Environmental influence of mining

The environmental influence of mining includes erosion, formation of sinkholes, loss of biodiversity, and contamination of soil, groundwater and surface water by chemicals from mining processes. Besides creating environmental harm, the contamination resulting from leakage of chemicals also affects the health of the local population. [1] Mining companies te some countries are required to go after environmental and rehabilitation codes, ensuring the area mined is returned close to its original state. Some mining methods may have significant environmental and public health effects. Nuss and Eckelman (2014) [Two] provide an overview of the life-cycle broad environmental impacts of metals production associated with 62 metals te year 2008.

Erosion of exposed hillsides, mine dumps, tailings dams and resultant siltation of drainages, creeks and rivers can significantly influence the surrounding areas, a prime example being the giant Ok Tedi Mine ter Papua Fresh Guinea. Ter wilderness areas mining may cause destruction and disturbance of ecosystems and habitats, and ter areas of farming it may disturb or ruin productive grazing and croplands. Te urbanised environments mining may produce noise pollution, dust pollution and visual pollution.

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Water pollution Edit

Mining can have adverse effects on surrounding surface and groundwater if protective measures are not taken. The result can be unnaturally high concentrations of some chemicals, such spil arsenic, sulfuric acid, and mercury overheen a significant area of surface or subsurface. [Trio] Runoff of mere soil or rock debris -although non-toxic- also devastates the surrounding vegetation. The dumping of the runoff ter surface waters or te forests is the worst option here. Submarine tailings disposition is regarded spil a better option (if the soil is pumped to a good depth). [Four] Mere land storage and refilling of the mine after it has bot depleted is even better, if no forests need to be cleared for the storage of the debris. There is potential for massive contamination of the area surrounding mines due to the various chemicals used te the mining process spil well spil the potentially bruising compounds and metals liquidated from the ground with the ore. Large amounts of water produced from mine ontwatering, mine cooling, aqueous extraction and other mining processes increases the potential for thesis chemicals to contaminate ground and surface water. Ter well-regulated mines, hydrologists and geologists take careful measurements of water and soil to exclude any type of water contamination that could be caused by the mine’s operations. The reducing or eliminating of environmental degradation is enforced te modern American mining by federal and state law, by restricting operators to meet standards for protecting surface and ground water from contamination. This is best done through the use of non-toxic extraction processes spil bioleaching.

Acid rock ontwatering Edit

Sub-surface mining often progresses below the water table, so water vereiste be permanently pumped out of the mine ter order to prevent flooding. When a mine is abandoned, the pumping ceases, and water floods the mine. This introduction of water is the initial step ter most acid rock ontwatering situations.

Acid rock ontwatering occurs naturally within some environments spil part of the rock weathering process but is exacerbated by large-scale earth disturbances characteristic of mining and other large construction activities, usually within rocks containing an abundance of sulfide minerals. Areas where the earth has bot disturbed (e.g. construction sites, subdivisions, and transportation corridors) may create acid rock ontwatering. Te many localities, the liquid that drains from coal stocks, coal treating facilities, coal washeries, and coal waste tips can be very acidic, and ter such cases it is treated spil acid mine ontwatering (AMD).

The same type of chemical reactions and processes may occur through the disturbance of acid sulfate soils formed under coastal or estuarine conditions after the last major sea level rise, and constitutes a similar environmental hazard.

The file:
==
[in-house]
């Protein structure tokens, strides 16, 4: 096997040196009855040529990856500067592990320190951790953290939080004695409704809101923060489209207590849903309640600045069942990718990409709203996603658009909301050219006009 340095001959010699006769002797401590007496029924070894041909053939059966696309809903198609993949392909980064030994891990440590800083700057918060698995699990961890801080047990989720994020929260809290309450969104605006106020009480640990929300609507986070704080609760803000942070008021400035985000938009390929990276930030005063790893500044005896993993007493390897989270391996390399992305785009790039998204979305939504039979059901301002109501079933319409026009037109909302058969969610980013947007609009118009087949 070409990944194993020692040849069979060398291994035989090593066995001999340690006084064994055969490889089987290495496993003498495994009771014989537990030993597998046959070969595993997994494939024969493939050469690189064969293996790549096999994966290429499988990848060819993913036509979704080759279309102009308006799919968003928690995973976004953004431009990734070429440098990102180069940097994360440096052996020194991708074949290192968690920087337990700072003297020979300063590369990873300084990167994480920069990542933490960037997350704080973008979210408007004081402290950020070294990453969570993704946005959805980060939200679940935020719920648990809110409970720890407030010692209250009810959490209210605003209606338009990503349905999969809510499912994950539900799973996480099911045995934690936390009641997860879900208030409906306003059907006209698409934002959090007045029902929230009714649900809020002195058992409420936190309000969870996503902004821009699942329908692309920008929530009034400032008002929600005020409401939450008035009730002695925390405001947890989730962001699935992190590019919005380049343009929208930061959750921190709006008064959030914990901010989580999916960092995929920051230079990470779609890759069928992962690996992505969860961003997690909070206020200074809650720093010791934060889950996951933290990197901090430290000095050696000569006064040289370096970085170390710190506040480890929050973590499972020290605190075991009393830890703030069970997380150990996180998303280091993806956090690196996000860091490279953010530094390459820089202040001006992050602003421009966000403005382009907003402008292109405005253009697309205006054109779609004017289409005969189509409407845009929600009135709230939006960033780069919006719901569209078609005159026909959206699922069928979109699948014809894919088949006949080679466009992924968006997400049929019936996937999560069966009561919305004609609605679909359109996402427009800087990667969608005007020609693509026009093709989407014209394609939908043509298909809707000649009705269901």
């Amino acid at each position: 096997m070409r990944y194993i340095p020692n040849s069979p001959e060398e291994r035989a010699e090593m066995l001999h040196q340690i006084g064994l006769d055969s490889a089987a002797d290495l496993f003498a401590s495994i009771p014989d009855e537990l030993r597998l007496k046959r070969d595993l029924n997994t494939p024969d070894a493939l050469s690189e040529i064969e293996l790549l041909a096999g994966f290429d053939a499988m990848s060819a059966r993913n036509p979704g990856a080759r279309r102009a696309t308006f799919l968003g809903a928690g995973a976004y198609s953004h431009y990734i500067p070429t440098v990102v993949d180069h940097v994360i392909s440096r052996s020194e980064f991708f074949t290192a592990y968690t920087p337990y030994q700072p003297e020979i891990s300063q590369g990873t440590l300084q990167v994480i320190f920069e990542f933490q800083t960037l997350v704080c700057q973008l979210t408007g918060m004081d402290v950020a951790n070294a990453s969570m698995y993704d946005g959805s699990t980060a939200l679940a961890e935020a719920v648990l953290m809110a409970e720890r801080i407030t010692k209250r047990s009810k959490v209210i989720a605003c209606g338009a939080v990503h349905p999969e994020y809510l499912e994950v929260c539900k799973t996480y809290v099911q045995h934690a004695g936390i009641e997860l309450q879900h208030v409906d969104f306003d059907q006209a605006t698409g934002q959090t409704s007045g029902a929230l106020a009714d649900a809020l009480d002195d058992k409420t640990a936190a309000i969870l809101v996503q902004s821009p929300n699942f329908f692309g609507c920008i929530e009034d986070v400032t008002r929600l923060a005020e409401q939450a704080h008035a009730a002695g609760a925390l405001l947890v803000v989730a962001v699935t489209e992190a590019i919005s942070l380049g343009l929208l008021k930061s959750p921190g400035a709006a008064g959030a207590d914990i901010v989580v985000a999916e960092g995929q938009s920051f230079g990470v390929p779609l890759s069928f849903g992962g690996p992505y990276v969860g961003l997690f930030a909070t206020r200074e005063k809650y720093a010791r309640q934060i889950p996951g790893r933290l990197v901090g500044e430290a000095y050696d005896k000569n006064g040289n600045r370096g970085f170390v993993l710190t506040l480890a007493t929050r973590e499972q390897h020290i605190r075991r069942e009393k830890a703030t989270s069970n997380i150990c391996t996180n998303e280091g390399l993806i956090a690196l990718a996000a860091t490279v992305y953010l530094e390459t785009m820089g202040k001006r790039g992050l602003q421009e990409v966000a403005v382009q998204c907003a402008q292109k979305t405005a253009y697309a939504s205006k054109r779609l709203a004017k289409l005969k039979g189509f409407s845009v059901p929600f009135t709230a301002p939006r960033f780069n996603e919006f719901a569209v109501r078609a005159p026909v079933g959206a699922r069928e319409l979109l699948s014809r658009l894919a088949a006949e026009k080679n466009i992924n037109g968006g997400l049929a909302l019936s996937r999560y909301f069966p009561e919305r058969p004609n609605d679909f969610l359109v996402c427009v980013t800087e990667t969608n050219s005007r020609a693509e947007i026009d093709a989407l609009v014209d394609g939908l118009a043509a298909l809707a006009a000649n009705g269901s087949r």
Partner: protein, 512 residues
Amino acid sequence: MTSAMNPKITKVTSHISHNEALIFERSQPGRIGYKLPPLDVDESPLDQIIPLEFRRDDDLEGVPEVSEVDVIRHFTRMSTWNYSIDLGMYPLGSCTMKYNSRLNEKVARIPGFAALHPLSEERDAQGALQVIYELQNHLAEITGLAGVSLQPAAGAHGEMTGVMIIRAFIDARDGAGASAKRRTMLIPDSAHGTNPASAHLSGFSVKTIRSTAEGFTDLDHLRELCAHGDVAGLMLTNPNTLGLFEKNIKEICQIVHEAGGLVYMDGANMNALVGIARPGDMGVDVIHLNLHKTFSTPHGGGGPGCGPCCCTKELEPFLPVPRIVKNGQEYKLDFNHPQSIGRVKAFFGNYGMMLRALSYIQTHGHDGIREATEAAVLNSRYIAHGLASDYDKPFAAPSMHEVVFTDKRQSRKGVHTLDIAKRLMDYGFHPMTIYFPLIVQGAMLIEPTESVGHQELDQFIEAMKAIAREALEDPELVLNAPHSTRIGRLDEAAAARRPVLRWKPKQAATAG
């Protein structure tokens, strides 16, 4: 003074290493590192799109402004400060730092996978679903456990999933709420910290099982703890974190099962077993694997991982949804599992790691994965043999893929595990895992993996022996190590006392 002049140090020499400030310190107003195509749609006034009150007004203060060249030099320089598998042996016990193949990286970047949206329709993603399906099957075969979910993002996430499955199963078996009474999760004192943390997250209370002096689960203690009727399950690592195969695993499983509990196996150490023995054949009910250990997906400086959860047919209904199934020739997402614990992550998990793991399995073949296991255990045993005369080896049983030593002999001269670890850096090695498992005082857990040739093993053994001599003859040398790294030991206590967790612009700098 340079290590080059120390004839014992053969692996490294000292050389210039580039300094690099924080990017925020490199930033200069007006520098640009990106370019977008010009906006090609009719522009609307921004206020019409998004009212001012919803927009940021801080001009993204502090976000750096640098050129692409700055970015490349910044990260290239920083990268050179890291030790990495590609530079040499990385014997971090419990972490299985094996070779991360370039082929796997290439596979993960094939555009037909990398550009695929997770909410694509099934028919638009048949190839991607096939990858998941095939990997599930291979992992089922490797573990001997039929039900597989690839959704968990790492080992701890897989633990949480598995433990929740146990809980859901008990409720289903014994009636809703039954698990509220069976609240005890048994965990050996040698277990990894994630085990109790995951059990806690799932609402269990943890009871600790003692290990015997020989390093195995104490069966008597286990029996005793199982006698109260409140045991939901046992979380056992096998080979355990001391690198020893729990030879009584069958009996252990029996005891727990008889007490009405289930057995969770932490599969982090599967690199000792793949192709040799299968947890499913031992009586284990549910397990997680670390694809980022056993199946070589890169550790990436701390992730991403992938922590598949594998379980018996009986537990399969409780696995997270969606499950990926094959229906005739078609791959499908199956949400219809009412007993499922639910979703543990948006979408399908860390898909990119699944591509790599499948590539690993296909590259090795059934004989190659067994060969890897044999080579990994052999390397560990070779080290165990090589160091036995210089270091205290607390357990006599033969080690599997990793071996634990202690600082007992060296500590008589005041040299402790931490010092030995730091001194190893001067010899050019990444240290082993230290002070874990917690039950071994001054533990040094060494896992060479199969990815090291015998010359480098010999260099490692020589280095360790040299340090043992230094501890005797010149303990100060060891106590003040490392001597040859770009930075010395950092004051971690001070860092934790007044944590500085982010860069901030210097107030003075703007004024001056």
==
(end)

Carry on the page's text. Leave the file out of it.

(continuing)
The five principal technologies used to monitor and control water flow at mine sites are diversion systems, containment ponds, groundwater pumping systems, subsurface ontwatering systems, and subsurface barriers. Te the case of AMD, contaminated water is generally pumped to a treatment facility that neutralizes the contaminants. [Five]

A 2006 review of environmental influence statements found that “water quality predictions made after considering the effects of mitigations largely underestimated actual impacts to groundwater, seeps, and surface water”. [6]

Mighty metals Edit

Dissolution and vervoer of metals and powerful metals by run-off and ground water is another example of environmental problems with mining, such spil the Britannia Mine, a former copper mine near Vancouver, British Columbia. Tar Creek, an abandoned mining area ter Picher, Oklahoma that is now an Environmental Protection Agency superfund webpagina, also suffers from powerful metal contamination. Water ter the mine containing dissolved mighty metals such spil lead and cadmium leaked into local groundwater, contaminating it. [7] Long-term storage of tailings and dust can lead to extra problems, spil they can be lightly throated off webpagina by wind, spil occurred at Skouriotissa, an abandoned copper mine te Cyprus.

Effects on biodiversity Edit

The implantation of a mine is a major habitat modification, and smaller perturbations occur on a larger scale than exploitation webpagina, mine-waste residuals contamination of the environment for example. Adverse effects can be observed long after the end of the mine activity. [8] Destruction or drastic modification of the original webpagina and anthropogenic substances release can have major influence on biodiversity ter the area. Destruction of the habitat is the main component of biodiversity losses, but ongezouten poisoning caused by mine-extracted material, and zijdelings poisoning through food and water, can also affect animals, vegetals and microorganisms. Habitat modification such spil pH and temperature modification disturb communities te the area. Endemic species are especially sensitive, since they need very specific environmental conditions. Destruction or slight modification of their habitat puts them at the risk of extinction. Habitats can be bruised when there is not enough terrestrial spil well by non-chemicals products, such spil large rocks from the mines that are discarded te the surrounding landscape with no concern for impacts on natural habitat. [9]